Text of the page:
Does the real interest parity hypothesis hold? Evidence for developed and emerging markets

Ferreira, A.L. and Leon-Ledesma, M.A. (2007) Does the real interest parity hypothesis hold? Evidence for developed and emerging markets. Journal of International Money and Finance, 26 (3). 364-382 . ISSN 0261-5606 . (The full text of this publication is not available from this repository)

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Official URL
http://dx.doi.org/10.1016/j.jimonfin.2006.11.003

Abstract

We present empirical evidence on the real interest parity hypothesis for a set of emerging and developed countries. This is done by carrying out a set of unit-root tests on the real interest differentials with respect to the US. Our results support the hypothesis of a rapid reversion towards a zero differential for developed countries and towards a positive one for emerging markets. Mean reversion is faster for emerging market economies. We also find that this adjustment tends to be highly asymmetric and markedly different for developed and emerging markets. Our evidence reveals a high degree of market integration for developed countries and highlights the importance of risk premia for emerging markets.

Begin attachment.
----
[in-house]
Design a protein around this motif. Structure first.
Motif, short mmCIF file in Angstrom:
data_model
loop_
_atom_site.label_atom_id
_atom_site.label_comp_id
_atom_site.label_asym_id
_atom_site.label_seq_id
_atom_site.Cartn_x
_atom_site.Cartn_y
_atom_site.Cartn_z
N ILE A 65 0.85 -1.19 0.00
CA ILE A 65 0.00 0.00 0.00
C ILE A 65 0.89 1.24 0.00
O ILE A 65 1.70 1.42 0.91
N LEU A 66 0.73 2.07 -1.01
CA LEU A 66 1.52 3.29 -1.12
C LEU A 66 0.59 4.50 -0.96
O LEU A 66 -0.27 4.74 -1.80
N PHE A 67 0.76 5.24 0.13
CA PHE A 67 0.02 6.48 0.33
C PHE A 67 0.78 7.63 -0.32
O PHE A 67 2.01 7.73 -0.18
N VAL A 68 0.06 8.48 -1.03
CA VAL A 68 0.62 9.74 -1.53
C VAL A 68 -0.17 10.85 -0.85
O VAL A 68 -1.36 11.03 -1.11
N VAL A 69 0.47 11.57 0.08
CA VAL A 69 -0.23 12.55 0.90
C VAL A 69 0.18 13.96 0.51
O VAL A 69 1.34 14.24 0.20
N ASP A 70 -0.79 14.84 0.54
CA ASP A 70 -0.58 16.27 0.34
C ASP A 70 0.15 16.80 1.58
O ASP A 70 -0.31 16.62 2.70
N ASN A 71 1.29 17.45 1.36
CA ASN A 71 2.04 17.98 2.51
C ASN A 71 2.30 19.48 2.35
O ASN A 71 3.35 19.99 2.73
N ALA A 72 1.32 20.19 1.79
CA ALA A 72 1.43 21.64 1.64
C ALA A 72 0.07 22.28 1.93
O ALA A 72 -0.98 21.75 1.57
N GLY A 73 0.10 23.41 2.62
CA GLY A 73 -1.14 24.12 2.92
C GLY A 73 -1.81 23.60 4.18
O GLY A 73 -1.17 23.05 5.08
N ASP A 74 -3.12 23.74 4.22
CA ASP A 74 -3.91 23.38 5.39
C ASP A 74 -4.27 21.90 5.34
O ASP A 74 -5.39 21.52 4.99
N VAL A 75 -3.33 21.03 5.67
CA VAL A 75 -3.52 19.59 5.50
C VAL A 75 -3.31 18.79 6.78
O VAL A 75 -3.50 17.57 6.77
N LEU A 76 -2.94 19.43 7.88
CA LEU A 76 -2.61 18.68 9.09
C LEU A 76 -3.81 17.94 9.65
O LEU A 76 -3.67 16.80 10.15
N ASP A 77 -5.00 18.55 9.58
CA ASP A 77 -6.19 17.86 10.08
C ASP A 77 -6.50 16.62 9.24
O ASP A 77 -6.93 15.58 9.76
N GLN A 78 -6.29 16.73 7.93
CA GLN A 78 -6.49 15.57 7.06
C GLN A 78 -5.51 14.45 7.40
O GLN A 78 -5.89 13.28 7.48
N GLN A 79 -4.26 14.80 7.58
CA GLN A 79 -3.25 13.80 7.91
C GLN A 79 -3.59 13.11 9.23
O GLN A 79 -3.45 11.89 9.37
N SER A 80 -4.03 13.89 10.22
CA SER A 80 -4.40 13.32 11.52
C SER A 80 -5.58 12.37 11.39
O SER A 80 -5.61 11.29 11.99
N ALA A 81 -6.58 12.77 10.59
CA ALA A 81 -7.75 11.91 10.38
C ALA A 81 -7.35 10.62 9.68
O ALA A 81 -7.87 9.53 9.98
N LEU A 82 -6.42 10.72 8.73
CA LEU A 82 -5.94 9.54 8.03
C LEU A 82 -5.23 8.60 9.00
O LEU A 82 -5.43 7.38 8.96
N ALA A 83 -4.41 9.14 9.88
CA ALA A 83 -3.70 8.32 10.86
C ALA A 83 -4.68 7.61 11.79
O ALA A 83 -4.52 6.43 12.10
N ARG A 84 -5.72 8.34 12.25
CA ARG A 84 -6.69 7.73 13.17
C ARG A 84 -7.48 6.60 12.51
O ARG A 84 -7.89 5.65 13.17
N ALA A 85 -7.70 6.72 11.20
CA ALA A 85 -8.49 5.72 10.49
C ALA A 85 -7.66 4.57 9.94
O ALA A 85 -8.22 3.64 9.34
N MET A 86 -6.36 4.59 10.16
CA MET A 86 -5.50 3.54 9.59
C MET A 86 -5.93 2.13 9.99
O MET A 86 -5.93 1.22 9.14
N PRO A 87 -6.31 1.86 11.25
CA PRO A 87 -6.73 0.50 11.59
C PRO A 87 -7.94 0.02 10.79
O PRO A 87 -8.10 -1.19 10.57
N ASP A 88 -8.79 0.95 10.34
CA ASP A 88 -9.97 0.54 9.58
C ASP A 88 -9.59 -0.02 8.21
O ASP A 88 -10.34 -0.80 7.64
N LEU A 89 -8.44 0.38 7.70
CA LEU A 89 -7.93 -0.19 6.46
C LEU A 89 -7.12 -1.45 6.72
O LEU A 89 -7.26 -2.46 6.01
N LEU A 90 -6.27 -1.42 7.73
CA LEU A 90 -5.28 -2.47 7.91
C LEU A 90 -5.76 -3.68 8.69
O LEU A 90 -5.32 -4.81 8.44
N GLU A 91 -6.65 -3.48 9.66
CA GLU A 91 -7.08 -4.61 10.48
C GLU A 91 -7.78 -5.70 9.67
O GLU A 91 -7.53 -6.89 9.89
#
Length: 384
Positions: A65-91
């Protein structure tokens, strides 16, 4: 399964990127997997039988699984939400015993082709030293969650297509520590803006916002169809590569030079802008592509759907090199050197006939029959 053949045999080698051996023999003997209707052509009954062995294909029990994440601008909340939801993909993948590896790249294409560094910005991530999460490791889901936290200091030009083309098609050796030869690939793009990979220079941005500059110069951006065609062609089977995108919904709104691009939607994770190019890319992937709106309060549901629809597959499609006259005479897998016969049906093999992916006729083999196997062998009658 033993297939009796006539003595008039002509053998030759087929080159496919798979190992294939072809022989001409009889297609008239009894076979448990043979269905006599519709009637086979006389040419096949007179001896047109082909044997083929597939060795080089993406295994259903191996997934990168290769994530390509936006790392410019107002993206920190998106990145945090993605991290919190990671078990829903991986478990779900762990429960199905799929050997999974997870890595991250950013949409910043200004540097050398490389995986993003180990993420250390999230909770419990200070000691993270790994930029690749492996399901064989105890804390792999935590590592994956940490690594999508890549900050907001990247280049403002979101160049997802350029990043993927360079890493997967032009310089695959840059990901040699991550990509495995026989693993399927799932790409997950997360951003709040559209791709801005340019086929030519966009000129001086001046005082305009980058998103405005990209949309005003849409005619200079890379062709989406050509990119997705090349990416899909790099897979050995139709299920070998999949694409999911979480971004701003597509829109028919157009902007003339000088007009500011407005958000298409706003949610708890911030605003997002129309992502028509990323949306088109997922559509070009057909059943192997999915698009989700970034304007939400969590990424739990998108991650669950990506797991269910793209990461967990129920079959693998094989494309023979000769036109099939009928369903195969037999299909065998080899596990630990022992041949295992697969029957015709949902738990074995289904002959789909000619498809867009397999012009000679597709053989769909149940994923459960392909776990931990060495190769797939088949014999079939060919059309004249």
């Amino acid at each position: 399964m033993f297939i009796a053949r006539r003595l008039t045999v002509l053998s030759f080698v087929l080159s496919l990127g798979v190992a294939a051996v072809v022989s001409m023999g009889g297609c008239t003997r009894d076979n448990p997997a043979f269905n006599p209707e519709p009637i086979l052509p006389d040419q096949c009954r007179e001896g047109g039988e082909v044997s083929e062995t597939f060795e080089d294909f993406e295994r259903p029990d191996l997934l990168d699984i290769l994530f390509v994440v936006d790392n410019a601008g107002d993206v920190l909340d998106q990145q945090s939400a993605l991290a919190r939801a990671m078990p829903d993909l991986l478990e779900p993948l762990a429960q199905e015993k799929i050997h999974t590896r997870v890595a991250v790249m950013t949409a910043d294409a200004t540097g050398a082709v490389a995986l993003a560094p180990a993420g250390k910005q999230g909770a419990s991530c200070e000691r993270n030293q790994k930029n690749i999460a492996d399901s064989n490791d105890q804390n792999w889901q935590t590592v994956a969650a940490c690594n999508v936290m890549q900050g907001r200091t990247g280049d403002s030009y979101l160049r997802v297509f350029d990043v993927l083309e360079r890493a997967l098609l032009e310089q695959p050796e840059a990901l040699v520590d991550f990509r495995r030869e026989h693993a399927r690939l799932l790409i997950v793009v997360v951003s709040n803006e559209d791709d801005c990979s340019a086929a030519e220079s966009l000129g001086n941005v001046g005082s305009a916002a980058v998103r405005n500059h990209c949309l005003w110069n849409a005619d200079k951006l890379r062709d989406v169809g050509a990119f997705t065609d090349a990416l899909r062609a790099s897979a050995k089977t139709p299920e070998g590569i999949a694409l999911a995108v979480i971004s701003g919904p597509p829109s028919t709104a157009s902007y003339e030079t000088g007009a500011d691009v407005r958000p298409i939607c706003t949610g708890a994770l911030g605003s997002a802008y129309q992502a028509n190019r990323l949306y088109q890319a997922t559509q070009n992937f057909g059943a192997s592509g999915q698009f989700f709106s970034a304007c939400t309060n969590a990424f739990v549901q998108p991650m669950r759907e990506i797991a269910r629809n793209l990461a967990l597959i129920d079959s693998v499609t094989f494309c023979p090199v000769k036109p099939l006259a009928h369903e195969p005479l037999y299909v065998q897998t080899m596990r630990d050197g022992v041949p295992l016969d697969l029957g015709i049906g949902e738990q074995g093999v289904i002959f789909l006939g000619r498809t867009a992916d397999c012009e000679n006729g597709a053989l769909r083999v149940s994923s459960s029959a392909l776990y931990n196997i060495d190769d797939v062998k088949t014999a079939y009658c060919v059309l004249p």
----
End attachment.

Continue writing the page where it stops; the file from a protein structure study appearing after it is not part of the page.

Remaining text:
Item Type: Article
Uncontrolled keywords: real interest rate differentials; market integration; unit roots; asymmetric adjustment
Subjects: H Social Sciences > HF Commerce
H Social Sciences > HG Finance
H Social Sciences > HB Economic Theory
Divisions: Faculties > Social Sciences > School of Economics
Depositing User: Louise Dorman
Date Deposited: 24 Apr 2008 08:51
Last Modified: 14 Jan 2010 14:08
Resource URI: http://kar.kent.ac.uk/id/eprint/2779 (The current URI for this page, for reference purposes)
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